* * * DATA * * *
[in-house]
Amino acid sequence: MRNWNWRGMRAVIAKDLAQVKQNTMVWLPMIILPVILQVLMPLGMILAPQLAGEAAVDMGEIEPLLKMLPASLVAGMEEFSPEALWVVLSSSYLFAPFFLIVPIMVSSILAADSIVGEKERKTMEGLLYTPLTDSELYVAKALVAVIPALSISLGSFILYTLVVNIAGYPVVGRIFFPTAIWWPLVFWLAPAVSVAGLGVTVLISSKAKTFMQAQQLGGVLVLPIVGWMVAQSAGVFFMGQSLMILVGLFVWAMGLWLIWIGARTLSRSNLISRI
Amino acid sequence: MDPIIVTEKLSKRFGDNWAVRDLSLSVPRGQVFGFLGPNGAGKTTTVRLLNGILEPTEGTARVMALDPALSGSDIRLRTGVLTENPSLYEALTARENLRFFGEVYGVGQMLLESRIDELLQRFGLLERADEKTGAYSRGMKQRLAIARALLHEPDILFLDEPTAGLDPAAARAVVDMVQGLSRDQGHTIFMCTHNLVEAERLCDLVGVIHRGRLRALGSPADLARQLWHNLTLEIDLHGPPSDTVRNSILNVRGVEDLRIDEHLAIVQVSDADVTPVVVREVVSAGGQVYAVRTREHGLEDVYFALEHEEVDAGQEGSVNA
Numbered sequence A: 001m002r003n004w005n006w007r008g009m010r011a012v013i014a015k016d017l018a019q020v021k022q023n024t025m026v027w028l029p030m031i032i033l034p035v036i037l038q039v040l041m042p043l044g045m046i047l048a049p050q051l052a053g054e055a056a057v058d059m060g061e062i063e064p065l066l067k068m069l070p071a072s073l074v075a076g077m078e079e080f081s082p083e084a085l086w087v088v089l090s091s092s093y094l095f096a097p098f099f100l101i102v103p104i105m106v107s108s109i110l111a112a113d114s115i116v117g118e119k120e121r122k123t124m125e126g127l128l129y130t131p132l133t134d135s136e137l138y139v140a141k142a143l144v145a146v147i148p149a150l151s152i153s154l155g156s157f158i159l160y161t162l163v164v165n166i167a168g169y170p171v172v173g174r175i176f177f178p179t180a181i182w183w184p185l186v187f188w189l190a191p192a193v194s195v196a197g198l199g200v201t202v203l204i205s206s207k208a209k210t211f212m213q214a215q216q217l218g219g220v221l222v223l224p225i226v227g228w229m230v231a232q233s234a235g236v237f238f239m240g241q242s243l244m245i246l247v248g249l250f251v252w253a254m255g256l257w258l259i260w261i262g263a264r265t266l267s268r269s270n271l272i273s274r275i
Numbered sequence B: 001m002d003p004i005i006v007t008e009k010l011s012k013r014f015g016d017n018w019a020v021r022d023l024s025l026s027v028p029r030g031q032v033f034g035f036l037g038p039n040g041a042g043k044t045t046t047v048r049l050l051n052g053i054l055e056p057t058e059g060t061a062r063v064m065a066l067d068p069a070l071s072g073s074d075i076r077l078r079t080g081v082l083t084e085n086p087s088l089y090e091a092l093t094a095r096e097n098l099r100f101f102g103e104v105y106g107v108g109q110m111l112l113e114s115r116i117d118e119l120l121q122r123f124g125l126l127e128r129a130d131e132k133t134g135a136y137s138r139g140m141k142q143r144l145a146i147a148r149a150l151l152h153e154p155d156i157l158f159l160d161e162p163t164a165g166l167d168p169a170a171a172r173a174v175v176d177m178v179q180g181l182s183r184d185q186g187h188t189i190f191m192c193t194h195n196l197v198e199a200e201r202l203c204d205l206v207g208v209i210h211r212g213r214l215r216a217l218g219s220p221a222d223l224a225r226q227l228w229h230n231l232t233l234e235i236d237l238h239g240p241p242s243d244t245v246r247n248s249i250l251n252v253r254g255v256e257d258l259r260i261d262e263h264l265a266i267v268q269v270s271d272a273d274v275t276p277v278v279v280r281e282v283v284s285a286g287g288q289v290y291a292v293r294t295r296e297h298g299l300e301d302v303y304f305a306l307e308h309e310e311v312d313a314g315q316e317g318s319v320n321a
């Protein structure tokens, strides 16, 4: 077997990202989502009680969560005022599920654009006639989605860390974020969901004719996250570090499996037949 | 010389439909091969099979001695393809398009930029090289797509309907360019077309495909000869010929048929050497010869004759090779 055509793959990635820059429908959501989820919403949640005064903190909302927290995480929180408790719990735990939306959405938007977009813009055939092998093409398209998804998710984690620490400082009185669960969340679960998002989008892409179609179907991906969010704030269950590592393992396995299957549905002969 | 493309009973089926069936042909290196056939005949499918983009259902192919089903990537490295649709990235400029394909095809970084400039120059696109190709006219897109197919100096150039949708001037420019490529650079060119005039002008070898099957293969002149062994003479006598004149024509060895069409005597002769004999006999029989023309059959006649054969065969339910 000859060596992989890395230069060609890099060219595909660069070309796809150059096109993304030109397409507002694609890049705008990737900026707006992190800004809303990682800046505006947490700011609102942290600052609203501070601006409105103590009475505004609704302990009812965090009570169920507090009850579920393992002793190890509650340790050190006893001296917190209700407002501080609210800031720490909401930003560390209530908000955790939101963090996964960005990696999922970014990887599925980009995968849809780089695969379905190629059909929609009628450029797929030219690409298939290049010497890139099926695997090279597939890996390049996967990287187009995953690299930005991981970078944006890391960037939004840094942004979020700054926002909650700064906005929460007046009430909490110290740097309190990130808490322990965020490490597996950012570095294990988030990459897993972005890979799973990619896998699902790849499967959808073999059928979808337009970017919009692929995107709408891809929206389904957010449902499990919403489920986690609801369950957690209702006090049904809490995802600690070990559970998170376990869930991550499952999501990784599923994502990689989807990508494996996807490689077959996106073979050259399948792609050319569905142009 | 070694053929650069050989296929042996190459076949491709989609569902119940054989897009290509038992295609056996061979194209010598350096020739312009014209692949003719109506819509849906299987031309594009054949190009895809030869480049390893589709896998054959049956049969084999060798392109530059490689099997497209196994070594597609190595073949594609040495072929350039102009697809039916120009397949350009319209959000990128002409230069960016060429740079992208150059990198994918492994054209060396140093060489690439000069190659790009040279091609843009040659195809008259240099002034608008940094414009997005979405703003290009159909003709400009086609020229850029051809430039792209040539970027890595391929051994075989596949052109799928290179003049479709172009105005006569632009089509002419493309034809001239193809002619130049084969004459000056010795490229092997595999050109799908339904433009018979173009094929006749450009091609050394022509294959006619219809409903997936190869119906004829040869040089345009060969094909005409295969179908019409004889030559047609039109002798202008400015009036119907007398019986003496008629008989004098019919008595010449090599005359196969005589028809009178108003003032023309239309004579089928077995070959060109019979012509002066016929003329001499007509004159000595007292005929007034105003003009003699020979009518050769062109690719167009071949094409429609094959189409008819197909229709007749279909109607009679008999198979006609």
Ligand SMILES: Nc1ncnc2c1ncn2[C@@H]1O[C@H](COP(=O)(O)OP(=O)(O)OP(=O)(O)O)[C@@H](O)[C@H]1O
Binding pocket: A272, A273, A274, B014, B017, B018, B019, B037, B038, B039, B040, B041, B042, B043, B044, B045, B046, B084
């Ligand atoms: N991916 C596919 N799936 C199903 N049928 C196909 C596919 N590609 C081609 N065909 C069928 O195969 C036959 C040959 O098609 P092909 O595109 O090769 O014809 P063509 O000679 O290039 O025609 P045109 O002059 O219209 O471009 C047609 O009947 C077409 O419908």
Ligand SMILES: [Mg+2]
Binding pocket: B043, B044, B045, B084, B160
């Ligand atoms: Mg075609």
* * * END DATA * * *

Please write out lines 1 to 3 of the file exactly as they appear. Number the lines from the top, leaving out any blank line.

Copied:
[in-house]
Amino acid sequence: MRNWNWRGMRAVIAKDLAQVKQNTMVWLPMIILPVILQVLMPLGMILAPQLAGEAAVDMGEIEPLLKMLPASLVAGMEEFSPEALWVVLSSSYLFAPFFLIVPIMVSSILAADSIVGEKERKTMEGLLYTPLTDSELYVAKALVAVIPALSISLGSFILYTLVVNIAGYPVVGRIFFPTAIWWPLVFWLAPAVSVAGLGVTVLISSKAKTFMQAQQLGGVLVLPIVGWMVAQSAGVFFMGQSLMILVGLFVWAMGLWLIWIGARTLSRSNLISRI
Amino acid sequence: MDPIIVTEKLSKRFGDNWAVRDLSLSVPRGQVFGFLGPNGAGKTTTVRLLNGILEPTEGTARVMALDPALSGSDIRLRTGVLTENPSLYEALTARENLRFFGEVYGVGQMLLESRIDELLQRFGLLERADEKTGAYSRGMKQRLAIARALLHEPDILFLDEPTAGLDPAAARAVVDMVQGLSRDQGHTIFMCTHNLVEAERLCDLVGVIHRGRLRALGSPADLARQLWHNLTLEIDLHGPPSDTVRNSILNVRGVEDLRIDEHLAIVQVSDADVTPVVVREVVSAGGQVYAVRTREHGLEDVYFALEHEEVDAGQEGSVNA